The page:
Mailbox Monday for June 3
I’m so pleased to be the host for Mailbox Monday during the month of June. After this week, I will be in northern Wisconsin for two weeks, and I’m not quite sure how the wi-fi connection will work from our little cottage. However, I have scheduled the posts to go up, and at least you will have a central gathering place from which to leave your links. So, here’s to a very happy June together!
Into my mailbox have come the books pictured above:
Anarchy by Steward Binns: “Stewart Binns’ Anarchy is a gripping novel in the great tradition of Conn Iggulden and Bernard Cornwell, and is the third in The Making of England trilogy, following Conquest and Crusade.”
A Serpent’s Tooth by Craig Johnson: “The success of Craig Johnson’s Walt Longmire series that began with The Cold Dish continues to grow after A&E’s hit show Longmire introduced new fans to the Wyoming sheriff. As the Crow Flies marked the series’ highest debut on the New York Times bestseller list. Now, in his ninth Western mystery, Longmire stares down his most dangerous foes yet.”
A Conspiracy of Faith by Jussi Adler-Olsen: “The New York Times and # 1 international bestselling author Jussi Adler-Olsen returns with another shocking cold case in his exhilarating Department Q series. Detective Carl Mørck holds in his hands a bottle that contains old and decayed message, written in blood. It is a cry for help from two young brothers, tied and bound in a boathouse by the sea. Could it be real? Who are these boys, and why weren’t they reported missing? Could they possibly still be alive?”
Marsaryk Station by David Downing: “John Russell works for both Stalin’s NKVD and the newly created CIA, trying his best to cut himself loose from both before his double-agency is discovered by either. As tensions between the great powers escalate, each passing day makes Russell’s position more treacherous. He and his Soviet liaison, Shchepkin, seek out one final operation—one piece of intelligence so damning it could silence the wrath of one nation and solicit the protection of the other. It will be the most dangerous task Russell has ever taken on, but one way or the other, it will be his last.”
I was also thrilled to receive the Japanese literature from Kurodahan Press pictured above:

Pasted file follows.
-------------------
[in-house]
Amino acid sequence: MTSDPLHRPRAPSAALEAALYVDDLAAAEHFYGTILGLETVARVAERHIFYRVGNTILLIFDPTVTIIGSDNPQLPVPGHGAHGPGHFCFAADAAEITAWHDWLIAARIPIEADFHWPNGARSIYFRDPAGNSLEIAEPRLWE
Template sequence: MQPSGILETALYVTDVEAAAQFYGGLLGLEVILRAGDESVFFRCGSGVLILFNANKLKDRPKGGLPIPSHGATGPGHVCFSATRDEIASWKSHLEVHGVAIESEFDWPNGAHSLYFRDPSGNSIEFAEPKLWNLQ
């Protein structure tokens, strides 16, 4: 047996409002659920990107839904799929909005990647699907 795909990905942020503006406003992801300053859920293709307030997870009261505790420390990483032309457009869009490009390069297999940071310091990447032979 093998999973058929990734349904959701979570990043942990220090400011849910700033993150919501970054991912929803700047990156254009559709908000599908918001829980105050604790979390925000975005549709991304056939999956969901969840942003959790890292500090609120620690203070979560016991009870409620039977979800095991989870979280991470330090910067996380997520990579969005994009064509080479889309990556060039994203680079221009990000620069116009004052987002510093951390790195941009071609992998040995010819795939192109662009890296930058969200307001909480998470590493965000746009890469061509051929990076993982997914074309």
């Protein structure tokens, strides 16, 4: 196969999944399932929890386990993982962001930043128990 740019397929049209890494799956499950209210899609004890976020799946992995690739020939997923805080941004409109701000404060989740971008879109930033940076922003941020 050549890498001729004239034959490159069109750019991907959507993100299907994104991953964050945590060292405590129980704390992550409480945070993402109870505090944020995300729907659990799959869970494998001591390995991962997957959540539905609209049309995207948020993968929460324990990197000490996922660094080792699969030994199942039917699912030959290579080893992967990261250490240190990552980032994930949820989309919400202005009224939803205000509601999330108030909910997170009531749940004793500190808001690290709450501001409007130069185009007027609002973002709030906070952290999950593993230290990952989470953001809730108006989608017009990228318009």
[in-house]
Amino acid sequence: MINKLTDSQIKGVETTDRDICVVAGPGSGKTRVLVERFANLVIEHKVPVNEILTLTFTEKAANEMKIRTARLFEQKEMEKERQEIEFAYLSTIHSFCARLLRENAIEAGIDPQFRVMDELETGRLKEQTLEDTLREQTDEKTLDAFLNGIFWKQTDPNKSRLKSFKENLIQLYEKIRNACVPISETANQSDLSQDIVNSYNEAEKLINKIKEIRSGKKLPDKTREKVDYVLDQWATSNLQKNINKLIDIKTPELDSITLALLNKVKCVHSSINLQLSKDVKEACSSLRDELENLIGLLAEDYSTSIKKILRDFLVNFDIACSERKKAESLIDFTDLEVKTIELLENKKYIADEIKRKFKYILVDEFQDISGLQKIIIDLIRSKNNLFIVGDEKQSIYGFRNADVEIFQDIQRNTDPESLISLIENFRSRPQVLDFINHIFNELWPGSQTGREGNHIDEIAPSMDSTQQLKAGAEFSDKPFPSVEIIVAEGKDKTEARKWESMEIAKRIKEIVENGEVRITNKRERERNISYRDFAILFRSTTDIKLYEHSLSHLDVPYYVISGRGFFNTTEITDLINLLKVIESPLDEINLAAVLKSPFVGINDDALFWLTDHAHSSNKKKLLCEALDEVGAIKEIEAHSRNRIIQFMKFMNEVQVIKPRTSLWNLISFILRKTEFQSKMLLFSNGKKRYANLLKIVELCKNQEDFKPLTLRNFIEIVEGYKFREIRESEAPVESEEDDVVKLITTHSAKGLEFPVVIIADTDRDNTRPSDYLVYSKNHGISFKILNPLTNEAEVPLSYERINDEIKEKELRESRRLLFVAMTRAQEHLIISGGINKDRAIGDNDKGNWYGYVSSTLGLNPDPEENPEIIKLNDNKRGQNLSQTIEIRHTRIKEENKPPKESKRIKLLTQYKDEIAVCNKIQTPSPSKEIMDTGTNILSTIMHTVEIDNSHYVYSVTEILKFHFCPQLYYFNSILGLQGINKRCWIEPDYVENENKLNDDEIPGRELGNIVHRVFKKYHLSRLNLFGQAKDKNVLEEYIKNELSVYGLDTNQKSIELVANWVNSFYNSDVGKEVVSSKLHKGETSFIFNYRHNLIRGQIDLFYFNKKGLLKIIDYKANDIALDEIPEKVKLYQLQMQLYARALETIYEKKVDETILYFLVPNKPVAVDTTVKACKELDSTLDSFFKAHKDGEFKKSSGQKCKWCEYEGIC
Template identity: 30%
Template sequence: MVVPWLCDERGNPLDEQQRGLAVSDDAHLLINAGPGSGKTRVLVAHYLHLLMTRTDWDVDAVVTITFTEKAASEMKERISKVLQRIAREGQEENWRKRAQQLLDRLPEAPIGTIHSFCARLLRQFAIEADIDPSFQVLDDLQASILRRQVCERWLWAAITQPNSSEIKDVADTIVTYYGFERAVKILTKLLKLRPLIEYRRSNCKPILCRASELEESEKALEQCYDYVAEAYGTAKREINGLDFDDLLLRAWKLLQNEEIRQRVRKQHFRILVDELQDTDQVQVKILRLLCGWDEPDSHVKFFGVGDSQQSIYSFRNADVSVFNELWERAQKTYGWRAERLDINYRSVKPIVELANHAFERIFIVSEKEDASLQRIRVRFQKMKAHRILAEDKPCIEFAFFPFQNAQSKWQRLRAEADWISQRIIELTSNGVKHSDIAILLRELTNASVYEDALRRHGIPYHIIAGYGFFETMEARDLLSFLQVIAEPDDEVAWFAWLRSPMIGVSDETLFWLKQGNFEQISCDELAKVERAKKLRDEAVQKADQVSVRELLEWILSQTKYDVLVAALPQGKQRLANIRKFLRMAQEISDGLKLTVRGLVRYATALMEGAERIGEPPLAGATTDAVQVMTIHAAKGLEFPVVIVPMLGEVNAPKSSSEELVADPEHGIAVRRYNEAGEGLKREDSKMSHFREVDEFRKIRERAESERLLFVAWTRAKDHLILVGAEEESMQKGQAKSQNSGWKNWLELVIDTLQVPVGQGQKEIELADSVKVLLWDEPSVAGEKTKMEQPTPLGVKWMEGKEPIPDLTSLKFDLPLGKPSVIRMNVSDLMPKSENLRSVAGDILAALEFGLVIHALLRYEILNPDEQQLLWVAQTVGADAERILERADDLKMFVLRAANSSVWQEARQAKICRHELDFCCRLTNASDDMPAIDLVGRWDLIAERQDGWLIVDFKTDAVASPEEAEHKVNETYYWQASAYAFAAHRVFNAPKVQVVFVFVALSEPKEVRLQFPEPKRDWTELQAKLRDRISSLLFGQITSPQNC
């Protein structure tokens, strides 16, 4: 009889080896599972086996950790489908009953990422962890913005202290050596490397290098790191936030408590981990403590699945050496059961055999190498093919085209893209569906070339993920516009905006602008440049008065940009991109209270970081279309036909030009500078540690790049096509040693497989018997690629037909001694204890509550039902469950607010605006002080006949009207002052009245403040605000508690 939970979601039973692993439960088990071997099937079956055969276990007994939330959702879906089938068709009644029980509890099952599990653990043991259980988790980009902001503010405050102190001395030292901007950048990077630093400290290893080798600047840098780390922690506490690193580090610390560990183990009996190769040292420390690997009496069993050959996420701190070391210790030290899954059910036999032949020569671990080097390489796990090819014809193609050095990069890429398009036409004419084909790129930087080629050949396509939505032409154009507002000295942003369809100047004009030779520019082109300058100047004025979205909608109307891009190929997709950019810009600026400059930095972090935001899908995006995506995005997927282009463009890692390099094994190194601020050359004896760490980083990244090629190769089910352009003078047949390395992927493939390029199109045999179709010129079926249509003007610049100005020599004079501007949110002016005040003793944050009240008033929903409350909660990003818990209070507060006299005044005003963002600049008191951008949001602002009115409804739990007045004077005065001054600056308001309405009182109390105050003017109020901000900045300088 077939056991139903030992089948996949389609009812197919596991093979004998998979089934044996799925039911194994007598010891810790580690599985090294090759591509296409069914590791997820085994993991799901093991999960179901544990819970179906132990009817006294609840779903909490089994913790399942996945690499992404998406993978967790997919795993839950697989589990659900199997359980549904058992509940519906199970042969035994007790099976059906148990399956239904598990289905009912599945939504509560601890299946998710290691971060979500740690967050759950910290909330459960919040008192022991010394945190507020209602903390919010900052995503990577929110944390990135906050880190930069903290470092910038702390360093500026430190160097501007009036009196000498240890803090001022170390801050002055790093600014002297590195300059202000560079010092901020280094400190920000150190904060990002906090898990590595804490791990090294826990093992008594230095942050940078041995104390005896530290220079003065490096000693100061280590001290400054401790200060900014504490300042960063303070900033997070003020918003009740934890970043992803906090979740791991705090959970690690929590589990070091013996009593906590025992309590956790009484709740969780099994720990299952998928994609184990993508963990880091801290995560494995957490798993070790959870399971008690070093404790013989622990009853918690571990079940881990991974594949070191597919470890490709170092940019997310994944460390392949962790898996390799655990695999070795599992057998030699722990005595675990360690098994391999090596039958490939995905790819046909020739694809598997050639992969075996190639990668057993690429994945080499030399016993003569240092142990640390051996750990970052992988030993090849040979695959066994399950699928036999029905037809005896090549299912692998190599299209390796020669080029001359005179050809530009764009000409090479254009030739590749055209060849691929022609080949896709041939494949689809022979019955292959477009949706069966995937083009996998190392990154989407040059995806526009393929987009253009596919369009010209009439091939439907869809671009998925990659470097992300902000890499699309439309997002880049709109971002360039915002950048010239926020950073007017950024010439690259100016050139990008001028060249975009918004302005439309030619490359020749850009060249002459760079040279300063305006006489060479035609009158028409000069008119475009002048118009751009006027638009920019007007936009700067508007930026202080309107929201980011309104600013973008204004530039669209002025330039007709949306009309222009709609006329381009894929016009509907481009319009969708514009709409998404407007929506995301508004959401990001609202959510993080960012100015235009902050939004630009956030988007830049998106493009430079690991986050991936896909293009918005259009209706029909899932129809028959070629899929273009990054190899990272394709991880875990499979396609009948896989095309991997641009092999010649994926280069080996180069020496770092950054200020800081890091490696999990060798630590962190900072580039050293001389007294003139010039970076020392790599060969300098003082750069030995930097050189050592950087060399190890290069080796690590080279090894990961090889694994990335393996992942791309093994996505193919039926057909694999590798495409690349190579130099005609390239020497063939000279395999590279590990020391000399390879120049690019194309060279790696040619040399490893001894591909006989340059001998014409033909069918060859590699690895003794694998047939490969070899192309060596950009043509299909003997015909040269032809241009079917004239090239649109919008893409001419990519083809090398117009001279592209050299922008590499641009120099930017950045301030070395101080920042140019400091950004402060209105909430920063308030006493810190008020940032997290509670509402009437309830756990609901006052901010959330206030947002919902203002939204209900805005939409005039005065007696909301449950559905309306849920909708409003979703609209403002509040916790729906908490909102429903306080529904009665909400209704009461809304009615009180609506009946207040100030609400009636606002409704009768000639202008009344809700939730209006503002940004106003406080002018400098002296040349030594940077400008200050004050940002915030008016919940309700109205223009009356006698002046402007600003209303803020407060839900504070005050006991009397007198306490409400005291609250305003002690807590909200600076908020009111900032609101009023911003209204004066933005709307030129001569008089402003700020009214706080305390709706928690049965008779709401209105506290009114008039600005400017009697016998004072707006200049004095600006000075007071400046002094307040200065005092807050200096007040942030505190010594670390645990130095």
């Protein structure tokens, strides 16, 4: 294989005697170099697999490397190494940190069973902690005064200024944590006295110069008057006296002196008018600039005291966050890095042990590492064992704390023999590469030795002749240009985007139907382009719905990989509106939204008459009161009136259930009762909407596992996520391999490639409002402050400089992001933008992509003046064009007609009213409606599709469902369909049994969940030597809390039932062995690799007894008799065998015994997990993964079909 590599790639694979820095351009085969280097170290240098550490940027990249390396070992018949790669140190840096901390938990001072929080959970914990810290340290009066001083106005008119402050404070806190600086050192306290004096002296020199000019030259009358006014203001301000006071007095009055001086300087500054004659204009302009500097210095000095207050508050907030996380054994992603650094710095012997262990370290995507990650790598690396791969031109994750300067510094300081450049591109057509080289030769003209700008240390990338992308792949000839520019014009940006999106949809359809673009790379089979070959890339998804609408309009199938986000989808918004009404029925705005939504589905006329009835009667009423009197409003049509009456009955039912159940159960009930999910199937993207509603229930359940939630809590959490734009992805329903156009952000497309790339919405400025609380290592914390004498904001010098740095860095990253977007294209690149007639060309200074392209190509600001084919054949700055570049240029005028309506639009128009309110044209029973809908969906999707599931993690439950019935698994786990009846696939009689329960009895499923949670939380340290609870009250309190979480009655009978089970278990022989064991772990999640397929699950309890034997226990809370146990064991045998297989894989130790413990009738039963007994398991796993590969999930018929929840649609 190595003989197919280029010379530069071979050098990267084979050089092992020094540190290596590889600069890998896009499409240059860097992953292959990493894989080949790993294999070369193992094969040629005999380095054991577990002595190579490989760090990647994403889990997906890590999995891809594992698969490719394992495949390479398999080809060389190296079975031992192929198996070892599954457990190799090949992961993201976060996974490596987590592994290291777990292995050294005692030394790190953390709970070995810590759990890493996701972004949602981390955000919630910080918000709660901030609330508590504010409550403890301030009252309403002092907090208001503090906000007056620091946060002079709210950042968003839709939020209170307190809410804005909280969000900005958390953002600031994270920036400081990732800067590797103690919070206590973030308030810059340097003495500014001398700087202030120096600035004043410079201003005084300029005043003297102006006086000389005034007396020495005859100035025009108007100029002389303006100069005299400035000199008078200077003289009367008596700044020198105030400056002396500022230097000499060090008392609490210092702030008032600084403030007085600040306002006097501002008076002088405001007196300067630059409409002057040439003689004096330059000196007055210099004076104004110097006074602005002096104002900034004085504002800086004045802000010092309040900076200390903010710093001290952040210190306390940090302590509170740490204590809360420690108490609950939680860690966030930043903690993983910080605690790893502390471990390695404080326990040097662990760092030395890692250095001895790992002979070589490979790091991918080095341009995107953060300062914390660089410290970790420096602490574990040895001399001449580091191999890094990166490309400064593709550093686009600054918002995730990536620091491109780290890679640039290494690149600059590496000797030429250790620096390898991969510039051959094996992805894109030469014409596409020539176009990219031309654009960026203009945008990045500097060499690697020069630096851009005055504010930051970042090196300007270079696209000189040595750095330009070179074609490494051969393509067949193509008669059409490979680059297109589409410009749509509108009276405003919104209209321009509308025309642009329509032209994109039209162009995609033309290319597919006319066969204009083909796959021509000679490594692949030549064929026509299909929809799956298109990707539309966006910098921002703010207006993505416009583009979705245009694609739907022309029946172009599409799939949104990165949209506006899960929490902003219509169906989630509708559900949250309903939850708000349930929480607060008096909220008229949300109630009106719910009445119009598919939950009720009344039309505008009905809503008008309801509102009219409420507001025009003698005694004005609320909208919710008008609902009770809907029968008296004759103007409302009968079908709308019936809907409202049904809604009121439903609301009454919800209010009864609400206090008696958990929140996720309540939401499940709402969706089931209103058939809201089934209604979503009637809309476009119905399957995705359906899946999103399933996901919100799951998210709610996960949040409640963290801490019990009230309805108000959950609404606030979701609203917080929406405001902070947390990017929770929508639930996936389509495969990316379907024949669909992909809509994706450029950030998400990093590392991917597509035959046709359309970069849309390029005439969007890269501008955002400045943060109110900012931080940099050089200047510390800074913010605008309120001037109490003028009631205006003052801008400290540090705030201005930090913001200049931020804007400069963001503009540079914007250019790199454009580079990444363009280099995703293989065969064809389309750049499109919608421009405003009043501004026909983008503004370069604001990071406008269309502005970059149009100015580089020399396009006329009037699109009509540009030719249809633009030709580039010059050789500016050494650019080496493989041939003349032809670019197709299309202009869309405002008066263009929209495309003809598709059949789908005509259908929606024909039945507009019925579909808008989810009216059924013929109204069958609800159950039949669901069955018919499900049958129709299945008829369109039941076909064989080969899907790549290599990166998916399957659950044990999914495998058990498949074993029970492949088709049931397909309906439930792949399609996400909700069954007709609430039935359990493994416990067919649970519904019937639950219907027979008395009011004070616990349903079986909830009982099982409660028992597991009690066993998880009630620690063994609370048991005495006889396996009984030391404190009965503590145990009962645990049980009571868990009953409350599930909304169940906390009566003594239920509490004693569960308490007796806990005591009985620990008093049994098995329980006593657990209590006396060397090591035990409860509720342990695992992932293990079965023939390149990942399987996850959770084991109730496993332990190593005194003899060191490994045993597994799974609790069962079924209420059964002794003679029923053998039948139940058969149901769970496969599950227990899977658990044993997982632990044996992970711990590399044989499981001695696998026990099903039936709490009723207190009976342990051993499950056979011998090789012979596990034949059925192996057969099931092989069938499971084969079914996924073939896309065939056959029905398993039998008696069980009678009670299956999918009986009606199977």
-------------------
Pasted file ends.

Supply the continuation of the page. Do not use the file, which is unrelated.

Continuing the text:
Tales of Old Edo selected and introduced by Higashi Masao: “Japan has a long tradition of supernatural storytelling, but until now it has been introduced into English only haphazardly. This three-volume series presents a selection of some of the finest uncanny tales to come from Japanese creativity, covering a broad range from 1776 to 2005, and defines a new genre of Japanese literature to explore. This first volume offers you a delightful glimpse into into the unknown shadows and whispers of Old Edo: what we know as Tokyo today.”
Phantom Lights by Miyamoto Teru: “A new collection of stories exploring the perennial themes of Miyamoto Teru’s fiction. This collection of narrative sketches utilizes memory to reveal a story built of layered frames of time, depicting the world of the Osaka-Kobe region of the author’s childhood with consummate skill. His work examines the mutual proximity – even identity – of life and death, touching on such grim topics with gentle humor. Stories of personal triumph and hope are often set in situations involving death, illness, or loss, but what might be the stuff of tragedy in the hands of some writers turns into stepping stones for his characters to climb upward and onward.”
Blue Bamboo Tales by Dazai Osamu: “Blue Bamboo is a collection of seven short stories by one of Japan’s preeminent postwar writers and prose stylists, Osamu Dazai. Not the typical romantic fantasies so often seen in Japanese writing, filled with water sprites and vengeful ghosts, these stories are a mixture of fantastic allegory, slightly skewed fables, and affecting romantic tales. Revealing the wide range of Dazai’s imaginative powers, they also give a glimpse of his humane and idealistic side.”
Fair Dalliance: Fifteen Stories by Yoshiyuki Junnosuke: “Yoshiyuki Junnosuke was a sensual writer, whose style is reminiscent of that of novelists such as Tanizaki Jun’ichiro and Nagai Kafu. His works deal with the possibility of emotional purity in the relationships between men and women. Often, the relationship is examined through the agency of the protagonist’s association with prostitutes. This collection brings together a selection of many of his finest stories, examining human relationships to reveal new aspects of ourselves.
Speculative Japan Outstanding Tales of Japanese Science Fiction and Fantasy: “The first book in an ongoing series, Speculative Japan presents a selection of outstanding works of Japanese science fiction and fantasy in English translation… and a glimpse into new worlds of the imagination. It was first released at Nippon 2007, the 65th World Science Fiction Convention in Yokohama, Japan, and then made available worldwide.”
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